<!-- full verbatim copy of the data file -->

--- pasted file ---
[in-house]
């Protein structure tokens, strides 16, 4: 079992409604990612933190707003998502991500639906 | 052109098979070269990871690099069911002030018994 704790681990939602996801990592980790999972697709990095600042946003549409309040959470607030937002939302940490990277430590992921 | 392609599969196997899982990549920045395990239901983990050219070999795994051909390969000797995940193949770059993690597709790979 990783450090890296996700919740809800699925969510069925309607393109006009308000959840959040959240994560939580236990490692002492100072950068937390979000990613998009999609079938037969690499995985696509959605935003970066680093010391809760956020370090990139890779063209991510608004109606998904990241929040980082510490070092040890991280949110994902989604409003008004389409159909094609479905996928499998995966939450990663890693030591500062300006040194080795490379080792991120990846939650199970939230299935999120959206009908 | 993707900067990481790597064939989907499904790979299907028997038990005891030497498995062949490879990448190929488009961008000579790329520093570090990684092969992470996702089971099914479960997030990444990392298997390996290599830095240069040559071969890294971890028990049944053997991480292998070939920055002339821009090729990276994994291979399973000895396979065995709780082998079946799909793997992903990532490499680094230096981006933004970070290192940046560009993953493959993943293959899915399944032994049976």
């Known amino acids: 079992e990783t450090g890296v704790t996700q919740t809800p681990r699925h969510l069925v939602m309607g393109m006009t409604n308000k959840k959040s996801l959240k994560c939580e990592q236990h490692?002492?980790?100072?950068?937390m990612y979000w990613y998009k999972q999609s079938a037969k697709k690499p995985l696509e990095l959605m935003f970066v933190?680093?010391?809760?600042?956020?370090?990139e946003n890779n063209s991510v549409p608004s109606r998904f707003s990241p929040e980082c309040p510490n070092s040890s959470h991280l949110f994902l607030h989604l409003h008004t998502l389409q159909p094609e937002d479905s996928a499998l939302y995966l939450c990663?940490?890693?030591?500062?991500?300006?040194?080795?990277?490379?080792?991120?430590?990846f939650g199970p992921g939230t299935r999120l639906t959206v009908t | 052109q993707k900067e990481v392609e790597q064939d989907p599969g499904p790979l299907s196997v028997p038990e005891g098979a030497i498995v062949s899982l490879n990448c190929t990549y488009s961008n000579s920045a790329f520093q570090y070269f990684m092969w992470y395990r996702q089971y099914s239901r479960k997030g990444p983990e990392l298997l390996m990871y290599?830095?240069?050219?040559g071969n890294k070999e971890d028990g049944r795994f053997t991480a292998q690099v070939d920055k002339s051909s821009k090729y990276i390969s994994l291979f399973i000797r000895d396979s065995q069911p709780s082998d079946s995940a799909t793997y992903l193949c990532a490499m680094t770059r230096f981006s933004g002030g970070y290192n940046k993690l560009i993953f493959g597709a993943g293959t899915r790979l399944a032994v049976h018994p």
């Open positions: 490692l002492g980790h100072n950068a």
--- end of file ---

[in-house]
């Protein structure tokens, strides 16, 4: 079992409604990612933190707003998502991500639906 | 052109098979070269990871690099069911002030018994 704790681990939602996801990592980790999972697709990095600042946003549409309040959470607030937002939302940490990277430590992921 | 392609599969196997899982990549920045395990239901983990050219070999795994051909390969000797995940193949770059993690597709790979 990783450090890296996700919740809800699925969510069925309607393109006009308000959840959040959240994560939580236990490692002492100072950068937390979000990613998009999609079938037969690499995985696509959605935003970066680093010391809760956020370090990139890779063209991510608004109606998904990241929040980082510490070092040890991280949110994902989604409003008004389409159909094609479905996928499998995966939450990663890693030591500062300006040194080795490379080792991120990846939650199970939230299935999120959206009908 | 993707900067990481790597064939989907499904790979299907028997038990005891030497498995062949490879990448190929488009961008000579790329520093570090990684092969992470996702089971099914479960997030990444990392298997390996290599830095240069040559071969890294971890028990049944053997991480292998070939920055002339821009090729990276994994291979399973000895396979065995709780082998079946799909793997992903990532490499680094230096981006933004970070290192940046560009993953493959993943293959899915399944032994049976």
């Known amino acids: 079992e990783t450090g890296v704790t996700q919740t809800p681990r699925h969510l069925v939602m309607g393109m006009t409604n308000k959840k959040s996801l959240k994560c939580e990592q236990h490692?002492?980790?100072?950068?937390m990612y979000w990613y998009k999972q999609s079938a037969k697709k690499p995985l696509e990095l959605m935003f970066v933190?680093?010391?809760?600042?956020?370090?990139e946003n890779n063209s991510v549409p608004s109606r998904f707003s990241p929040e980082c309040p510490n070092s040890s959470h991280l949110f994902l607030h989604l409003h008004t998502l389409q159909p094609e937002d479905s996928a499998l939302y995966l939450c990663?940490?890693?030591?500062?991500?300006?040194?080795?990277?490379?080792?991120?430590?990846f939650g199970p992921g939230t299935r999120l639906t959206v009908t | 052109q993707k900067e990481v392609e790597q064939d989907p599969g499904p790979l299907s196997v028997p038990e005891g098979a030497i498995v062949s899982l490879n990448c190929t990549y488009s961008n000579s920045a790329f520093q570090y070269f990684m092969w992470y395990r996702q089971y099914s239901r479960k997030g990444p983990e990392l298997l390996m990871y290599?830095?240069?050219?040559g071969n890294k070999e971890d028990g049944r795994f053997t991480a292998q690099v070939d920055k002339s051909s821009k090729y990276i390969s994994l291979f399973i000797r000895d396979s065995q069911p709780s082998d079946s995940a799909t793997y992903l193949c990532a490499m680094t770059r230096f981006s933004g002030g970070y290192n940046k993690l560009i993953f493959g597709a993943g293959t899915r790979l399944a032994v049976h018994p």
């Open positions: 490692l002492g980790h100072n950068a």